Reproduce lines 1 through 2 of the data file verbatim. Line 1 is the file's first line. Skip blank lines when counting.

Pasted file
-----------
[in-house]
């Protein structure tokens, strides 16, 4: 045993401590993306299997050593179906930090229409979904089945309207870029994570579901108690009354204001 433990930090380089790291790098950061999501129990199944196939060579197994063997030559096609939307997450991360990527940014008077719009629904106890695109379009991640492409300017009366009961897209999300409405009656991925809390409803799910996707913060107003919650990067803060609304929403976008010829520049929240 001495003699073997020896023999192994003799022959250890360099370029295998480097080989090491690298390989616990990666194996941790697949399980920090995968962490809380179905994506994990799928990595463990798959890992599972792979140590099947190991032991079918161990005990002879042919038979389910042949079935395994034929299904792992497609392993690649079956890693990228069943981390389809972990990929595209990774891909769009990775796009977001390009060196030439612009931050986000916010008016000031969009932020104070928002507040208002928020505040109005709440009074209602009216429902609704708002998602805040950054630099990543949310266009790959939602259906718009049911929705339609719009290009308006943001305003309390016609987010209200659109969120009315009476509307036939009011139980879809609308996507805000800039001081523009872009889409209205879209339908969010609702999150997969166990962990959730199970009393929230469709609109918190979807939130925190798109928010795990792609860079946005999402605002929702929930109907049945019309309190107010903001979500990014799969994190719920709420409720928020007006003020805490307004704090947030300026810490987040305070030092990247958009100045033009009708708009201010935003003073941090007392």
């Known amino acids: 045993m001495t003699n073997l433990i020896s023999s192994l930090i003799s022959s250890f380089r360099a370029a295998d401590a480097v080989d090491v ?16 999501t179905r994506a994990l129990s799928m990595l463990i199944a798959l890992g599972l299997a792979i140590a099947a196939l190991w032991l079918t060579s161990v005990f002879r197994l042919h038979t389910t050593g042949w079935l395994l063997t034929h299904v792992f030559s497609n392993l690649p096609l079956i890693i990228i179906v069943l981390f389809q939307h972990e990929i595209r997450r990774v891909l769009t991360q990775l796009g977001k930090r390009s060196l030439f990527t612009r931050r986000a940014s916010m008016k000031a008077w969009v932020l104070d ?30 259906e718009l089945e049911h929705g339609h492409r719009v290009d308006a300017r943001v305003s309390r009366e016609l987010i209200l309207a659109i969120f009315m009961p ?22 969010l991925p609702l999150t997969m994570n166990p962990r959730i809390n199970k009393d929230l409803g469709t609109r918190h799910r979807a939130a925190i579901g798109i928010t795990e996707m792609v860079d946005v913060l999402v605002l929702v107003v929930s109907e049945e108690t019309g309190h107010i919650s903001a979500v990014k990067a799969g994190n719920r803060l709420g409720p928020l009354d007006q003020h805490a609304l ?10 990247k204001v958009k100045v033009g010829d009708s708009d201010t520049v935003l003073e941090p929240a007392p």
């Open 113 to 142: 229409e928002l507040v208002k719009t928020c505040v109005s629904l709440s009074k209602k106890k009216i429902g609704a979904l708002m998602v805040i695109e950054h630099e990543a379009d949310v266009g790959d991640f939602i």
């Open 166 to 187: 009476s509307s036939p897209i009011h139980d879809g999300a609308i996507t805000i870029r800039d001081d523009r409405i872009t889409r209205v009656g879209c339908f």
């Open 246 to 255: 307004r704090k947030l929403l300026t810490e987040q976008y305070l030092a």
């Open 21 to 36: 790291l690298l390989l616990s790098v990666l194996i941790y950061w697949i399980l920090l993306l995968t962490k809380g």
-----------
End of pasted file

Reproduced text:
[in-house]
């Protein structure tokens, strides 16, 4: 045993401590993306299997050593179906930090229409979904089945309207870029994570579901108690009354204001 433990930090380089790291790098950061999501129990199944196939060579197994063997030559096609939307997450991360990527940014008077719009629904106890695109379009991640492409300017009366009961897209999300409405009656991925809390409803799910996707913060107003919650990067803060609304929403976008010829520049929240 001495003699073997020896023999192994003799022959250890360099370029295998480097080989090491690298390989616990990666194996941790697949399980920090995968962490809380179905994506994990799928990595463990798959890992599972792979140590099947190991032991079918161990005990002879042919038979389910042949079935395994034929299904792992497609392993690649079956890693990228069943981390389809972990990929595209990774891909769009990775796009977001390009060196030439612009931050986000916010008016000031969009932020104070928002507040208002928020505040109005709440009074209602009216429902609704708002998602805040950054630099990543949310266009790959939602259906718009049911929705339609719009290009308006943001305003309390016609987010209200659109969120009315009476509307036939009011139980879809609308996507805000800039001081523009872009889409209205879209339908969010609702999150997969166990962990959730199970009393929230469709609109918190979807939130925190798109928010795990792609860079946005999402605002929702929930109907049945019309309190107010903001979500990014799969994190719920709420409720928020007006003020805490307004704090947030300026810490987040305070030092990247958009100045033009009708708009201010935003003073941090007392």